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Writer Fuel: Gene Therapy Used to Restore Hearing in Rare Form of Deafness

3D human ear anatomy - deposit photos

Several children born with a rare, inherited form of deafness can now hear thanks to two new gene therapies, clinical trial results show.

Both therapies target the gene for otoferlin, a protein in the inner ear that lets nerve cells translate vibrations from sound into electrical signals that can be interpreted by the brain. Mutations in the otoferlin gene cause about 1% to 8% of cases of congenital deafness, in which a child is born deaf. Still, mutations in the gene are fairly rare, affecting an estimated 200,000 people worldwide.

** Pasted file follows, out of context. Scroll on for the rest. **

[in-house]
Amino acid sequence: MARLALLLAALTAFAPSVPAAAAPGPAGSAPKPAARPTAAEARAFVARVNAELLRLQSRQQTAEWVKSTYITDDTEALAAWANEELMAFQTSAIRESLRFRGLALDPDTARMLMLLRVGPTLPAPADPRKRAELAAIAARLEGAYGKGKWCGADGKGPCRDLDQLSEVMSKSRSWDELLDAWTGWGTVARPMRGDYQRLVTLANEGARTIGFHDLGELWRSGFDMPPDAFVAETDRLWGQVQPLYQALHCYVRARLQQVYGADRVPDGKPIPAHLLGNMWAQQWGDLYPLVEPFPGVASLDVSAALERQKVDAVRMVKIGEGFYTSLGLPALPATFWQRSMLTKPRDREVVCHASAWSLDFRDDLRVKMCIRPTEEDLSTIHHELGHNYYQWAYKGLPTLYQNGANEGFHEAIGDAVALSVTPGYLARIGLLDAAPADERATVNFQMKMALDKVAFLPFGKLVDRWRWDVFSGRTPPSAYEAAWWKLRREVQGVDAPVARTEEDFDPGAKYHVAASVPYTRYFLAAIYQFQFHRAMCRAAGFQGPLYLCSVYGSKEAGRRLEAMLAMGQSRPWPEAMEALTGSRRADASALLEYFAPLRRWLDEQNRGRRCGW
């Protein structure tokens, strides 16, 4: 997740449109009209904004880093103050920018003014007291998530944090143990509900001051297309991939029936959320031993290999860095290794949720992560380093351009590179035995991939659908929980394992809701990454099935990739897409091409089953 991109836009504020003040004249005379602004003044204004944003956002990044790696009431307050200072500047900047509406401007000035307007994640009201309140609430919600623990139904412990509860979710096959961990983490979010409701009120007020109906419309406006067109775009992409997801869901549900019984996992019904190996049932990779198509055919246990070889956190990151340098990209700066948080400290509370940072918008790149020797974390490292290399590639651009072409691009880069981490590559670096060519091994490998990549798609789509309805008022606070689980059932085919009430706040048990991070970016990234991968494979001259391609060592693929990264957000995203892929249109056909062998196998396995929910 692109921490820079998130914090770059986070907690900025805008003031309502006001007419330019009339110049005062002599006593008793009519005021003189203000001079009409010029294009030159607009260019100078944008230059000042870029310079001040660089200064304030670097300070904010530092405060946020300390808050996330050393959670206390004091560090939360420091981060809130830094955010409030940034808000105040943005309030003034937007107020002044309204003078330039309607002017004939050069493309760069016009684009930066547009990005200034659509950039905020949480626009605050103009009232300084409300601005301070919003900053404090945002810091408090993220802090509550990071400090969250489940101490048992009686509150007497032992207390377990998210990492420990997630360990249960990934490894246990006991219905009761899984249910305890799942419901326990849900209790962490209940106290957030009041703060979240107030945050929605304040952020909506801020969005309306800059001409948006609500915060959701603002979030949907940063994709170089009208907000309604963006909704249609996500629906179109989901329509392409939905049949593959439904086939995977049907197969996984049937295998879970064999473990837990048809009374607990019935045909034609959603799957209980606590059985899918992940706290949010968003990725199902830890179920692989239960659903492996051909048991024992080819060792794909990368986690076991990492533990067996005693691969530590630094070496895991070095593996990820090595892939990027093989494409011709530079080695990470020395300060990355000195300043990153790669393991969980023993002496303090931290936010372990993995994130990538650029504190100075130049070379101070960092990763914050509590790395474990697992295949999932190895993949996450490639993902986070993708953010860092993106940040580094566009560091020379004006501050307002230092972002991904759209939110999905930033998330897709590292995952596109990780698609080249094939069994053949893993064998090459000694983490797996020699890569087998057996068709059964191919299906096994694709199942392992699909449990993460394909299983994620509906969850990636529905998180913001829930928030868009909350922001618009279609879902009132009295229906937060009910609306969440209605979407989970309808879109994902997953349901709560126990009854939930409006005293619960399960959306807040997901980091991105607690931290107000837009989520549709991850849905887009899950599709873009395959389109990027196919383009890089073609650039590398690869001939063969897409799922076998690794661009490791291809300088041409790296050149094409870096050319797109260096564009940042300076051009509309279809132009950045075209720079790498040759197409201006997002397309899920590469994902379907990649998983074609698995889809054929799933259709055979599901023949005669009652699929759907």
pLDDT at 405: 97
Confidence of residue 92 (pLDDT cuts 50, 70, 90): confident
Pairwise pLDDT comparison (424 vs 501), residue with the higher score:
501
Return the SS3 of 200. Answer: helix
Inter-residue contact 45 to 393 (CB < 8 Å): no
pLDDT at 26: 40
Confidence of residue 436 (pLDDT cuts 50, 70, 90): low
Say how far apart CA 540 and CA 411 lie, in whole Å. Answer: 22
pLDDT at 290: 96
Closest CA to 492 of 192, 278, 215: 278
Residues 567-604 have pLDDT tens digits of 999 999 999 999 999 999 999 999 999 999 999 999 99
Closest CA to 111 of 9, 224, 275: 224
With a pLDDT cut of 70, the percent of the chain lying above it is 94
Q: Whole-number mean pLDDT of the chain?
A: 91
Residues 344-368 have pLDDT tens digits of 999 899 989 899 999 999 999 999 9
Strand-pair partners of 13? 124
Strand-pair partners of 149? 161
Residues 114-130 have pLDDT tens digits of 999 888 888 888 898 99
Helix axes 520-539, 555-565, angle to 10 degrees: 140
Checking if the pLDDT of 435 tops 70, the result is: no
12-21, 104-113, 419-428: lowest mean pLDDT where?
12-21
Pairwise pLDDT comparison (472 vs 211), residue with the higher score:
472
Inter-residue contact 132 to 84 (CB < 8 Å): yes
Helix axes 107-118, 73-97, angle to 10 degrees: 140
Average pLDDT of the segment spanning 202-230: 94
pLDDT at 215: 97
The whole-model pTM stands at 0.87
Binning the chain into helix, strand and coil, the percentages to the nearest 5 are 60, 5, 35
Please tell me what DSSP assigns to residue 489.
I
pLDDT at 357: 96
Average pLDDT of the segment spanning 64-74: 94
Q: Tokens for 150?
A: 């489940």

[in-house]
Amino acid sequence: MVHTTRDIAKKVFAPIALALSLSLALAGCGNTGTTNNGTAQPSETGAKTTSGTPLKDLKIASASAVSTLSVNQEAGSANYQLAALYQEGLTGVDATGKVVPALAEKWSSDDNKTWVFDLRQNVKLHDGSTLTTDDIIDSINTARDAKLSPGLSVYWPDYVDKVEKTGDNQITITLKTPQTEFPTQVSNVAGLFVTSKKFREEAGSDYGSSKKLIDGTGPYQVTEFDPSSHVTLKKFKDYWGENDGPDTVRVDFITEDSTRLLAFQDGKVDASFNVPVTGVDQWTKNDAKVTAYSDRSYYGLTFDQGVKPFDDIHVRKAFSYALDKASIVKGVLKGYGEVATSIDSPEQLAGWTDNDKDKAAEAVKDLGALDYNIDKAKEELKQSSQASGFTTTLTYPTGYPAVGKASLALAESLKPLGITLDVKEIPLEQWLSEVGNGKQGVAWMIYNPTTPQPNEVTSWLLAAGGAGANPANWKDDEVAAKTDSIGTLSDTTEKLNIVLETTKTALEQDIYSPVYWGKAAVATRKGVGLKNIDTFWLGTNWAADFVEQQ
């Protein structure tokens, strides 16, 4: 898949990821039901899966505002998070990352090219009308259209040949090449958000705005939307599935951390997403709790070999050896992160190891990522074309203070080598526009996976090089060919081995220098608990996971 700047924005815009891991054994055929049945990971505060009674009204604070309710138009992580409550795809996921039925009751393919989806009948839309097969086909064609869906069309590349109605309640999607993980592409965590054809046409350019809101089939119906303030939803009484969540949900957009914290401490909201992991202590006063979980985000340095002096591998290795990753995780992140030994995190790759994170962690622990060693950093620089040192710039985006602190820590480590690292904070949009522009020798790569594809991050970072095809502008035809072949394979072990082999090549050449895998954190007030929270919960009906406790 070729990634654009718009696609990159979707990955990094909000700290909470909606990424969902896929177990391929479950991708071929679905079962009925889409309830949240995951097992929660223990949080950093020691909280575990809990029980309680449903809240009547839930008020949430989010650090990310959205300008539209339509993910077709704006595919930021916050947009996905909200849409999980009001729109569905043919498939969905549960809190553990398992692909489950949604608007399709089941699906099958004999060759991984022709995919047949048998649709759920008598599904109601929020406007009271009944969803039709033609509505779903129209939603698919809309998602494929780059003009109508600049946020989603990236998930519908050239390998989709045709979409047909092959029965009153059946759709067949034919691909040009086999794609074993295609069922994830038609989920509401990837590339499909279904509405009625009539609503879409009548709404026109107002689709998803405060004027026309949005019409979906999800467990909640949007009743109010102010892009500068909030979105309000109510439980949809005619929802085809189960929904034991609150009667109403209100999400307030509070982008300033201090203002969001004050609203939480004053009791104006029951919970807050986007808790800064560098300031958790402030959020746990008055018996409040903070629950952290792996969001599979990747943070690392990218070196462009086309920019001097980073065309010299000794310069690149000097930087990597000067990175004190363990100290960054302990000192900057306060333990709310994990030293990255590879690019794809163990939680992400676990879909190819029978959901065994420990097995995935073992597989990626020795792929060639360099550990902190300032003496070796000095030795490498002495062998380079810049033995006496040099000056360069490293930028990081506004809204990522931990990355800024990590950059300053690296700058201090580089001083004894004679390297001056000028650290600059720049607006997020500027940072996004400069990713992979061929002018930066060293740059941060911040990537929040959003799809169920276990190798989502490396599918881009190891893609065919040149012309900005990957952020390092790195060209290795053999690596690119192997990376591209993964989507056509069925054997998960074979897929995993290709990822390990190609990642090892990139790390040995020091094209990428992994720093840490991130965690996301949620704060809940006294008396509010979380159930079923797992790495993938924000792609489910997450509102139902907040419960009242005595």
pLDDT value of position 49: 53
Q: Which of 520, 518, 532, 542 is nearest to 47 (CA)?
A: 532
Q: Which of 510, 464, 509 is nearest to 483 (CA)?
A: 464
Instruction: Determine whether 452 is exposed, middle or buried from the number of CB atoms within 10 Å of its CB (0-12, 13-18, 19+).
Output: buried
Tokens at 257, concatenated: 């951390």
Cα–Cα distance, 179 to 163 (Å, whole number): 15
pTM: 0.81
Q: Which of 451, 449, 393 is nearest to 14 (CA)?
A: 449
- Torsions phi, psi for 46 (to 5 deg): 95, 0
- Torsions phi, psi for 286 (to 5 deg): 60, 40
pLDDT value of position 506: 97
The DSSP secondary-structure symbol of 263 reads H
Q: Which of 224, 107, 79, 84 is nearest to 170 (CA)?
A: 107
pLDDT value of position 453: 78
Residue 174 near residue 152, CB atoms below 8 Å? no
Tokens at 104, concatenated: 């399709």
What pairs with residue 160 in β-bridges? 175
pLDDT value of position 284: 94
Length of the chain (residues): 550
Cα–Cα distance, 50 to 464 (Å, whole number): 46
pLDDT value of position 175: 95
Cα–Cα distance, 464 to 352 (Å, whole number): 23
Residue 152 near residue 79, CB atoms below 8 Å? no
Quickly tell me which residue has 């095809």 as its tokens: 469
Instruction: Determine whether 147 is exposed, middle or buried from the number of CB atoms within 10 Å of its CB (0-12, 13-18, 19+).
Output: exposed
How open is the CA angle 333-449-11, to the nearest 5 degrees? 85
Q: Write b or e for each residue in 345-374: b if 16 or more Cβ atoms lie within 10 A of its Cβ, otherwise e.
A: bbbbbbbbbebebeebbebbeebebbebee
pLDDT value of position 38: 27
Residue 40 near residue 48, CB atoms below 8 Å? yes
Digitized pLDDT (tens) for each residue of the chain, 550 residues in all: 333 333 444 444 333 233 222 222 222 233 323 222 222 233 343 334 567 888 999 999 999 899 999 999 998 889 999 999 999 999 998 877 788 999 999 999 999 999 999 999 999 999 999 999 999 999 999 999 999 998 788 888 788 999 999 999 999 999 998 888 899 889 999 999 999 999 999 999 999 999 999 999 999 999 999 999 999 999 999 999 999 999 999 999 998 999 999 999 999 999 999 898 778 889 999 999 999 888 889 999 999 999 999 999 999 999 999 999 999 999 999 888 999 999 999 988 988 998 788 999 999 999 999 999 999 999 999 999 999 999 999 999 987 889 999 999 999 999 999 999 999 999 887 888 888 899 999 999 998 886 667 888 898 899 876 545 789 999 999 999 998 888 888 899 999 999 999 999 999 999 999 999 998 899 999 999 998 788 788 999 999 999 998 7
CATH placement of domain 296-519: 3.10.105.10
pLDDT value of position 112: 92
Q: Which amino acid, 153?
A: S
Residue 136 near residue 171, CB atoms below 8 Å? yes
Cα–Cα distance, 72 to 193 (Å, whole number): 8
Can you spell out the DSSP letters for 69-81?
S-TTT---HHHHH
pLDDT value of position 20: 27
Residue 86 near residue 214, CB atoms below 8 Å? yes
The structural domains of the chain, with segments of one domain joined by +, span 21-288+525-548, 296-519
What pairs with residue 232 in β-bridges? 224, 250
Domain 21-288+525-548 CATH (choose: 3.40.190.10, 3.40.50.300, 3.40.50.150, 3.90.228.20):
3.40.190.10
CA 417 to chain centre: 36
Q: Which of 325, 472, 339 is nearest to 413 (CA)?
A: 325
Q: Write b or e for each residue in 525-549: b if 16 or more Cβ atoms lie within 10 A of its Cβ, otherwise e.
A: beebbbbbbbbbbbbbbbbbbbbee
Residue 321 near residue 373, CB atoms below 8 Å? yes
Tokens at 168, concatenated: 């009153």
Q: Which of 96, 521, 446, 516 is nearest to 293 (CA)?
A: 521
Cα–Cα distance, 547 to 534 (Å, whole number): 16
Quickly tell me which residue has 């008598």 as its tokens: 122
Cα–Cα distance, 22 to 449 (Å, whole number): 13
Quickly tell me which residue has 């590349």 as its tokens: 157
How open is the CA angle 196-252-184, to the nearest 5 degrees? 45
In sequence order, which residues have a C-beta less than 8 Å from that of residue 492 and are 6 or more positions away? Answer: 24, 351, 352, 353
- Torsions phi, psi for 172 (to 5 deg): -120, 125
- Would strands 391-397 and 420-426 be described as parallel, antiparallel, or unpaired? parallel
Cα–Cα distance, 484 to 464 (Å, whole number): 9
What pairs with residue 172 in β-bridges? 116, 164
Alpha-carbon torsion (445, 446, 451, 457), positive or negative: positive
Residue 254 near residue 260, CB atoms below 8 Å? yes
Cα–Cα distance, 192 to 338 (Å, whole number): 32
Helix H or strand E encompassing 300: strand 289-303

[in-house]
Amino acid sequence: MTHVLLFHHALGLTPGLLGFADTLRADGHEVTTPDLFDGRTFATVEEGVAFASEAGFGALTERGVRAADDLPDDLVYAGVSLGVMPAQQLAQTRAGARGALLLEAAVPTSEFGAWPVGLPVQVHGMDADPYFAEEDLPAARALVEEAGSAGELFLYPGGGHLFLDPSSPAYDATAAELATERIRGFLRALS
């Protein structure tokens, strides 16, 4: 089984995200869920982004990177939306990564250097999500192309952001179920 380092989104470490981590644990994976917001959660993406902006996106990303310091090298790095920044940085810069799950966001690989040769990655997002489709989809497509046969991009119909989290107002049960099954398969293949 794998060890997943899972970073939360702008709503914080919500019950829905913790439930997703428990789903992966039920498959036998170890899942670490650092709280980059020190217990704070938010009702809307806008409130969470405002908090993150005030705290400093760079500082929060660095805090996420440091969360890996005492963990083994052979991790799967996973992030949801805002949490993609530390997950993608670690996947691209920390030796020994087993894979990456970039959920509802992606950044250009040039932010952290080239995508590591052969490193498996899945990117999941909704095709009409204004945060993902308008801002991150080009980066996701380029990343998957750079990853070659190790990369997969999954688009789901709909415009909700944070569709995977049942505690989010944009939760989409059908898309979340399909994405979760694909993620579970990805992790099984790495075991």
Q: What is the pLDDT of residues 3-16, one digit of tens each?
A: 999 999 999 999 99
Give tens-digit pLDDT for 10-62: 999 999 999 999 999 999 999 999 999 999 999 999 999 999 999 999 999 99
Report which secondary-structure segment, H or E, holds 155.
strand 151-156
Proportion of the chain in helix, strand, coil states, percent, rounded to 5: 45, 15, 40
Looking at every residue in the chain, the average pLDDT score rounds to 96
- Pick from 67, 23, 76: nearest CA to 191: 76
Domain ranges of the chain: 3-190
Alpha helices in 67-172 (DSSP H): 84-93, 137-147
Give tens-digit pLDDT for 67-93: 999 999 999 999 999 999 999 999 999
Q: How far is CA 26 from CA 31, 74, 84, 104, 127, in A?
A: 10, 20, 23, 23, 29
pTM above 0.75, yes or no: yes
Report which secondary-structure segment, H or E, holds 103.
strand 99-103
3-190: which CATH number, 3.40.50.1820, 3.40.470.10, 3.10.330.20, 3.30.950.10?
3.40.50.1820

The new gene therapies use harmless, modified viruses to deliver working otoferlin genes directly into the inner ear. Early data suggest that the treatments work for most patients — although much more research is needed to get the therapies fully approved.

“Writer Fuel” is a series of cool real-world stories that might inspire your little writer heart. Check out our Writer Fuel page on the LimFic blog for more inspiration.

Full Story From Live Science

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